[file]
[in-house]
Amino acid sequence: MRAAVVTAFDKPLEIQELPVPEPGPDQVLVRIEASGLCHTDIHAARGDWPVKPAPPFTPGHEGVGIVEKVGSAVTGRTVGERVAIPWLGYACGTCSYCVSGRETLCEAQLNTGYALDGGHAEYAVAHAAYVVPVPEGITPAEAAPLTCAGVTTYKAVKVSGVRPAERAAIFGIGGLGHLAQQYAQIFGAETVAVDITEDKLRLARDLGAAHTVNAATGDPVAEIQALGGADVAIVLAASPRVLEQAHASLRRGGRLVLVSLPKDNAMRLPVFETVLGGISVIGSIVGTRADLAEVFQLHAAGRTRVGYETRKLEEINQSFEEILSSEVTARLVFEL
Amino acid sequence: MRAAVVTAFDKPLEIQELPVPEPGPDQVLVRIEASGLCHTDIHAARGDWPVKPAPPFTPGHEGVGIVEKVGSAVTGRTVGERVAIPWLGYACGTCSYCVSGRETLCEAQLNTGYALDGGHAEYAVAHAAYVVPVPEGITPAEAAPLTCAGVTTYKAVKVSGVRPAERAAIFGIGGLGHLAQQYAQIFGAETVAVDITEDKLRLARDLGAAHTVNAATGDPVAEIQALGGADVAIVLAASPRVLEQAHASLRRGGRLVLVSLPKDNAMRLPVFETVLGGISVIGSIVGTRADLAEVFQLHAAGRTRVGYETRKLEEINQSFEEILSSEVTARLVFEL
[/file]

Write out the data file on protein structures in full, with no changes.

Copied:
[in-house]
Amino acid sequence: MRAAVVTAFDKPLEIQELPVPEPGPDQVLVRIEASGLCHTDIHAARGDWPVKPAPPFTPGHEGVGIVEKVGSAVTGRTVGERVAIPWLGYACGTCSYCVSGRETLCEAQLNTGYALDGGHAEYAVAHAAYVVPVPEGITPAEAAPLTCAGVTTYKAVKVSGVRPAERAAIFGIGGLGHLAQQYAQIFGAETVAVDITEDKLRLARDLGAAHTVNAATGDPVAEIQALGGADVAIVLAASPRVLEQAHASLRRGGRLVLVSLPKDNAMRLPVFETVLGGISVIGSIVGTRADLAEVFQLHAAGRTRVGYETRKLEEINQSFEEILSSEVTARLVFEL
Amino acid sequence: MRAAVVTAFDKPLEIQELPVPEPGPDQVLVRIEASGLCHTDIHAARGDWPVKPAPPFTPGHEGVGIVEKVGSAVTGRTVGERVAIPWLGYACGTCSYCVSGRETLCEAQLNTGYALDGGHAEYAVAHAAYVVPVPEGITPAEAAPLTCAGVTTYKAVKVSGVRPAERAAIFGIGGLGHLAQQYAQIFGAETVAVDITEDKLRLARDLGAAHTVNAATGDPVAEIQALGGADVAIVLAASPRVLEQAHASLRRGGRLVLVSLPKDNAMRLPVFETVLGGISVIGSIVGTRADLAEVFQLHAAGRTRVGYETRKLEEINQSFEEILSSEVTARLVFEL